A treasure trove of footage shot by documentarian Murray Lerner at the 1970 Isle of Wight Music Festival — the Flower Power era’s last great such event — had only been tapped for two video releases (showcasing perfs by The Who and Jimi Hendrix) until he finally put together 1997’s excellent all-star onstage-and-backstage overview “Message to Love.” “Blue Wild Angel” makes Hendrix’s entire set, played just a couple months before his overdose death that fall, available. While market for musical ’60s flashback isn’t what it used to be (nor is the campus-screening circuit), concert docu should continue to score scattered hardtop dates before ancillary access makes it a must-have for every basement would-be guitar god.
With two albums’ worth of new songs written, Hendrix & Co. were not eager to play a gig overseas, but they needed the money for studio time. That factor combined with jet lag and some political ill-will (Hendrix’s manager had demanded top billing at the fest, creating resentment among other acts which had all previously committed to alphabetical-order equality) helped make the Wight set something less than their finest hour.
Sometimes inspired, sometimes just workmanlike, band’s roughly 80-minute appearance is short on Hendrix’s trademark showmanship (licking the fret, etc.) save on “Foxy Lady.” Still, it’s musically rock-solid and often exciting. Eighteen songs played include covers of “Sgt. Pepper” and “All Along the Watchtower” (plus the equal-opportunity national anthem cheekiness of both “God Save the Queen” and “Star Spangled Banner”), along with such Hendrix originals as “Freedom,” “Machine Gun,” “In From the Storm,” “Red House” and an inevitable “Purple Haze.”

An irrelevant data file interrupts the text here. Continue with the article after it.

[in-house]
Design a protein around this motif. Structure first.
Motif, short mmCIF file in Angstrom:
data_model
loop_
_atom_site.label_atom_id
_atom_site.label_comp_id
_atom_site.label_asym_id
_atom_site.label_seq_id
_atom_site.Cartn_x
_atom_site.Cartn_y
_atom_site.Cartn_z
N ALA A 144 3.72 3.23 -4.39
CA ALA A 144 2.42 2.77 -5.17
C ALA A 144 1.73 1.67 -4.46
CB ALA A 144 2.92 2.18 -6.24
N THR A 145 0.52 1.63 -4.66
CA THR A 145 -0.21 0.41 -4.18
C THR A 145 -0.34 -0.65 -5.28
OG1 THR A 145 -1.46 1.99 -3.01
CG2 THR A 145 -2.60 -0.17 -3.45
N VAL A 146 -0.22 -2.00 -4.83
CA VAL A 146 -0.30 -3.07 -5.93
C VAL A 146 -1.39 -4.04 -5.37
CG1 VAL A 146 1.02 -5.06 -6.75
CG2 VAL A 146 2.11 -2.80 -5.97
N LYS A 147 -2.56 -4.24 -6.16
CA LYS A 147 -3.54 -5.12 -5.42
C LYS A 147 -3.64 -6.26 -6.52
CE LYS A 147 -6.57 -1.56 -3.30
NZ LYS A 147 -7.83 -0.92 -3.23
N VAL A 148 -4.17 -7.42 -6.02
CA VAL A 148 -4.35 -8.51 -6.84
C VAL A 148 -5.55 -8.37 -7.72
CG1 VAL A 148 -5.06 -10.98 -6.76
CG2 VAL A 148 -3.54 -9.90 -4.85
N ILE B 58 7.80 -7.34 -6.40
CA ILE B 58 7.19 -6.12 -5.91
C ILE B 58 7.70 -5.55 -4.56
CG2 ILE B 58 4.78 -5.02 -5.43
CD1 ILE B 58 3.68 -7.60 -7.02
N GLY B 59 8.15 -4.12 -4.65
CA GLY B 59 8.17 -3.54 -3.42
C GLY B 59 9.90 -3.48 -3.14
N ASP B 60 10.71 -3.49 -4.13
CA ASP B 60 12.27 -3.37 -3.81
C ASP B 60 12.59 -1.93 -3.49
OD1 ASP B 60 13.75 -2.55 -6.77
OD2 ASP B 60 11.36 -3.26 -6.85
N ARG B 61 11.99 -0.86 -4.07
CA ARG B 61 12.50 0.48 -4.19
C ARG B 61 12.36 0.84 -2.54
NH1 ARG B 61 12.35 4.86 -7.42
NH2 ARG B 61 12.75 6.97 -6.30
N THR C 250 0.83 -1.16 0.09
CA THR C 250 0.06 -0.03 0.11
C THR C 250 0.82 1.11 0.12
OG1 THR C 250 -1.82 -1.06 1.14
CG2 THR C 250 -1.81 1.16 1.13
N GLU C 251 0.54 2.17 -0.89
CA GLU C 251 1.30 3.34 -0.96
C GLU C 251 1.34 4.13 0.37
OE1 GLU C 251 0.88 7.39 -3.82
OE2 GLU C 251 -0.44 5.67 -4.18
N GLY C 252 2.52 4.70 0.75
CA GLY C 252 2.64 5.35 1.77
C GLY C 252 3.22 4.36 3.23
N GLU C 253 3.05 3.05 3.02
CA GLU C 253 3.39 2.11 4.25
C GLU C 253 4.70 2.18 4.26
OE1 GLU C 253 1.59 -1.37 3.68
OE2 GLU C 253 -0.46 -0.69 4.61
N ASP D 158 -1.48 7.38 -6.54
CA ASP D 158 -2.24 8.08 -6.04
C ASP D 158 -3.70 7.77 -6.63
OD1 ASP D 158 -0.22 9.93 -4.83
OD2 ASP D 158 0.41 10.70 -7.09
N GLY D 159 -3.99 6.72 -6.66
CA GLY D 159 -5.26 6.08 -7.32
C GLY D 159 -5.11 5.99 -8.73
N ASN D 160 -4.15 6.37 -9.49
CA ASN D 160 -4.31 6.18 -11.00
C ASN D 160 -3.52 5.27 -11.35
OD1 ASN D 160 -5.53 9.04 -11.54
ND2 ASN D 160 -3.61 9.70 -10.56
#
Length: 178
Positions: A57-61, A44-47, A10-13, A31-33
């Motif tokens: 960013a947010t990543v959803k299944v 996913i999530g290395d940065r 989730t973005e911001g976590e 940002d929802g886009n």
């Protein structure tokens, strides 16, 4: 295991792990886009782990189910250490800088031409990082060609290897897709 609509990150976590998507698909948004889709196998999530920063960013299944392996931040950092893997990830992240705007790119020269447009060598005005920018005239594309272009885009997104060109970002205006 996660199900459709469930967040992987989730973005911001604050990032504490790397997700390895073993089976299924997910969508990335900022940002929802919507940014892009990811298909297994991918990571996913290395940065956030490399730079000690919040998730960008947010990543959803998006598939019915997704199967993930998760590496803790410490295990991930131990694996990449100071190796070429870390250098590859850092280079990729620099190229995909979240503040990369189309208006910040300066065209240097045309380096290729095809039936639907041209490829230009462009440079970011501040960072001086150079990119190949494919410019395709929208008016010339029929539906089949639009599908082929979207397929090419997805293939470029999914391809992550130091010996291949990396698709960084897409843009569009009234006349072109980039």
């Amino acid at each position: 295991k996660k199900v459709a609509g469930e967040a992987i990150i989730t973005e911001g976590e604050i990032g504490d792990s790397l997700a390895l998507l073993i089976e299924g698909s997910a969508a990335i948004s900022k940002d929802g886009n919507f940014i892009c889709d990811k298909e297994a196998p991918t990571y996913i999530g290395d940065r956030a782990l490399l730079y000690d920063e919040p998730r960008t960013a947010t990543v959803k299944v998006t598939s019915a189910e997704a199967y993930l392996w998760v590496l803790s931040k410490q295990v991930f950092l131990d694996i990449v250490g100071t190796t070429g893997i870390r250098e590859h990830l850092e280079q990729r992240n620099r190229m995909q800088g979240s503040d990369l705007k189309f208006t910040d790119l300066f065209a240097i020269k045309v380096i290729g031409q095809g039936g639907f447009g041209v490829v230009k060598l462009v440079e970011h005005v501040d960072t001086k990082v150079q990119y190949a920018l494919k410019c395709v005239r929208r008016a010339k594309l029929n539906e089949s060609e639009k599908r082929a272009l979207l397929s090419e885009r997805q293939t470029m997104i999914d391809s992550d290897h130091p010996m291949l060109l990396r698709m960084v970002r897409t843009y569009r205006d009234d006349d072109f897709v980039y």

In full psychedelic sartorial splendor from neck choker to massively flared pant cuffs, Hendrix appears somewhere between relaxed and exhausted (the set was originally supposed to be much earlier in the day). His asides to stage crew and the occasional backstage walkie-talkie lend an extra immediacy to the viewing. Due to set’s nocturnal hour, there are few crowd reaction shots; multiple cameras and solid editing keep concert footage from becoming too static.
First 16 minutes briefly recap the massive festival’s backstory (already a logistical nightmare, it became a financial one when thousands gate-crashed their way in), while glimpsing Hendrix at Woodstock, on a Berkeley stage, and bantering with Dick Cavett on TV.
Remastered sound is impressive, other tech aspects well-handled.